Childhood obesity is another crucial problem that the UAE is facing, with its Ministry of Health recently reporting that nearly 40 percent of children are overweight throughout the country.
"It's a long-term commitment on everybody's part," says Al-Bassum. "The government is investing huge chunks of money in the Gulf related to healthcare, but it takes the effort of everyone."
Dubai's health crisis has occurred at a remarkably rapid rate that will continue to rise, unless significant changes can be made in the local lifestyle. However, even if these changes can be made, it could take decades to fix the crisis.
To promote healthier living and reduce the current trend, many private and government organizations have launched health education and awareness campaigns to spark changes in the everyday lives of Dubai's population.
Dr. Wafaa Ayesh, director of clinical nutrition at the Dubai Health Authority, began her tenure with the organization in 1986 and has participated in many of the DHA's nutrition initiatives.
"I was the DHA's first clinical dietician," Ayesh recalls. "When I came here, there was no specific regimen for patients -- it was all the same diet and the same pattern."
Over time, the DHA has grown with the population and now has a significantly larger focus on nutrition.
Among the efforts to reduce obesity, Dubai has followed the current worldwide trend of approaching nutrition education with child-focused initiatives.
These programs, which are often similar to the Let's Move! campaign in the U.S. spearheaded by First Lady Michelle Obama, aim to influence future generations by educating children.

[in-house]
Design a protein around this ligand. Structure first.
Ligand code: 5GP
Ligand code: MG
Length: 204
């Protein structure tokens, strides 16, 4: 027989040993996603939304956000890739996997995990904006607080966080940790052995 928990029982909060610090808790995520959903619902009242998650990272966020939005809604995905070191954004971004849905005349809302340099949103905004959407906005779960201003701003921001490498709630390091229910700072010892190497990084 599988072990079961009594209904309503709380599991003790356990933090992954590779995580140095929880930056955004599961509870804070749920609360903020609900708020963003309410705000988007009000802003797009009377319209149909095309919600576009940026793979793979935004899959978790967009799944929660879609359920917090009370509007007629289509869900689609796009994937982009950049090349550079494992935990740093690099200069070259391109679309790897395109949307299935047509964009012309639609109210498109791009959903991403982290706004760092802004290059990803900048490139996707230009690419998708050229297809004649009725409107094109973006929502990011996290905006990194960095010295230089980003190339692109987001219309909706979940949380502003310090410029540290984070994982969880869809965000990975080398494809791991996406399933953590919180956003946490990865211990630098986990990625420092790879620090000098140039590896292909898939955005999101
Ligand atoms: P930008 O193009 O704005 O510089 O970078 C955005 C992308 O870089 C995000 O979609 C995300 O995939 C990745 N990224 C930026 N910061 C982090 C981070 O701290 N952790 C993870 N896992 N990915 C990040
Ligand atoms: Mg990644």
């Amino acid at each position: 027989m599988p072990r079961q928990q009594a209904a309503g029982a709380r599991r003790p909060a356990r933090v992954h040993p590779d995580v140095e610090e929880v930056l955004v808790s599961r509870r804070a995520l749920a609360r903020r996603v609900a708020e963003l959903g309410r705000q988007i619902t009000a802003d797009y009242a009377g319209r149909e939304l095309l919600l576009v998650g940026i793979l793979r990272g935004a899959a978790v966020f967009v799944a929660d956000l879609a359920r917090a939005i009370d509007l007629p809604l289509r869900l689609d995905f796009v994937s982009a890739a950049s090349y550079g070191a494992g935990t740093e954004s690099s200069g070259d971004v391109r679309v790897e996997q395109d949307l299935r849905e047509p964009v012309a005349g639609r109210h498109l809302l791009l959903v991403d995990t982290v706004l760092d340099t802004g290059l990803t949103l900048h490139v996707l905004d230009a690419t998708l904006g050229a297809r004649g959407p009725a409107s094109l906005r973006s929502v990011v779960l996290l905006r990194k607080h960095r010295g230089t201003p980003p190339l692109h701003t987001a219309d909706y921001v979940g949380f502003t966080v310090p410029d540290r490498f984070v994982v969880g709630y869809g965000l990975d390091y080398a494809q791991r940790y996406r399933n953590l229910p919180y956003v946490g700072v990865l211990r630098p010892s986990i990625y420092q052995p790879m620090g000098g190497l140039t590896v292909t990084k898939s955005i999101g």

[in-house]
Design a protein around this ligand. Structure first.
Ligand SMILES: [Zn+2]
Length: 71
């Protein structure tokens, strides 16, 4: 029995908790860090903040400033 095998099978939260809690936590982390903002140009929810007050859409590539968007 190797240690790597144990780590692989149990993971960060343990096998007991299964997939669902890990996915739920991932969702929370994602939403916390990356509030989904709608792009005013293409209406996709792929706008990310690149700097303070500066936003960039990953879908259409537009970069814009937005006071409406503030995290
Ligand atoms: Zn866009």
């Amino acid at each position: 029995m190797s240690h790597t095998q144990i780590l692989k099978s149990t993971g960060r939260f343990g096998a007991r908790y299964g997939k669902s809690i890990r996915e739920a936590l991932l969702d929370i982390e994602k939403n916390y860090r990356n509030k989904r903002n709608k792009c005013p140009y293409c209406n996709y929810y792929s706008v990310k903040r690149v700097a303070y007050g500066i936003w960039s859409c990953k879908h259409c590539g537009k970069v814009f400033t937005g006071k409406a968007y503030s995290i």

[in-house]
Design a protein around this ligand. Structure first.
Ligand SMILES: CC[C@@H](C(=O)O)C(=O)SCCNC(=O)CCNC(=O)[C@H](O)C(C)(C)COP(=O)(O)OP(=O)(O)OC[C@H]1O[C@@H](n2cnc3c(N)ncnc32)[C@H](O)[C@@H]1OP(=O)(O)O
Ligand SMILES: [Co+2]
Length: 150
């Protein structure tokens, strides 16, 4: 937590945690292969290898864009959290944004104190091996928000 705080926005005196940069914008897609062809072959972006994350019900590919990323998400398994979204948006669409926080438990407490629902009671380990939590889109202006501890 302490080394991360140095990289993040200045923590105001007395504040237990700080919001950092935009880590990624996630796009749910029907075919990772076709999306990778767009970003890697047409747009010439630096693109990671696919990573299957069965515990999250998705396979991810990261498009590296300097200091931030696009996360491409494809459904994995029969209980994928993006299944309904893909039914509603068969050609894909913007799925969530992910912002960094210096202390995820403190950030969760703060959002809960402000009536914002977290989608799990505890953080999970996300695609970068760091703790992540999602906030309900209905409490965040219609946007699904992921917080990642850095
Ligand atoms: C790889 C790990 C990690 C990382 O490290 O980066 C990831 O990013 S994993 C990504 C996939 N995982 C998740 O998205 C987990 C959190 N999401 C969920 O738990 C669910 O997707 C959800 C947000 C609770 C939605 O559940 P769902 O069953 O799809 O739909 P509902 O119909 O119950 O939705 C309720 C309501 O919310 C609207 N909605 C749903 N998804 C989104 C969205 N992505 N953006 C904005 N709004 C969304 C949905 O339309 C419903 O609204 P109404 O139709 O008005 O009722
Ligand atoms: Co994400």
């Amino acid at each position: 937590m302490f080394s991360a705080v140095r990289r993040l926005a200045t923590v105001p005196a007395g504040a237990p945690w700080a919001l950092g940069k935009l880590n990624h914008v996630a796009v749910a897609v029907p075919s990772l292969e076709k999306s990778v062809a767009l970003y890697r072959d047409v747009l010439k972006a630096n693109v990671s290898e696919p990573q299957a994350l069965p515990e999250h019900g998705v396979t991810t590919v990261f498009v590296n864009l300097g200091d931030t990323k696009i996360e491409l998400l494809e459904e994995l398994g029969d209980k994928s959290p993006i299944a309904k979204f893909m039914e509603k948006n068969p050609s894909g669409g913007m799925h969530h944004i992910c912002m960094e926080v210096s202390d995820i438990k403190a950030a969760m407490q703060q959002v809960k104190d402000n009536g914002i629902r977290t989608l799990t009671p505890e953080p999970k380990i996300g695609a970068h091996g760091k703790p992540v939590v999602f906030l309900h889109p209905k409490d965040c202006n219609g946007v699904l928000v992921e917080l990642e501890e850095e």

In addition to her work at the DHA, which has partnered with many schools to promote nutrition and exercise, Ayesh and her colleagues founded Sweetkidz Support Group, a non-profit organization that aims to help parents with children diagnosed with Type-1 diabetes.
"Sweetkidz was made to educate children and their parents," says Ayesh. "When we first started, we took kids to a health camp in Italy, but now we have the camp here in the UAE."
After establishing her medical career as a surgeon and breast cancer specialist at a government hospital in Dubai, Dr. Ambreen Sayani decided to start Medi-Compass, a health education and awareness organization.
"Children are definitely the torchbearers for the future," says Sayani. "Right now, our work with children directly influences their parents and their own lifestyles, and in the future they will impact their children as well.
Instead of focusing entirely on educating people about obesity and healthy living, Medi-Compass focuses on slowly changing unhealthy habits that cause obesity -- hopefully eliminating these habits for future generations.
"It's very important to realize the impact that urbanization has on our health. Although the statistics are quite frightening, we should embrace that knowledge and awareness, but understand that education is not enough," says Sayani.
This story first appeared on The Pulitzer Center.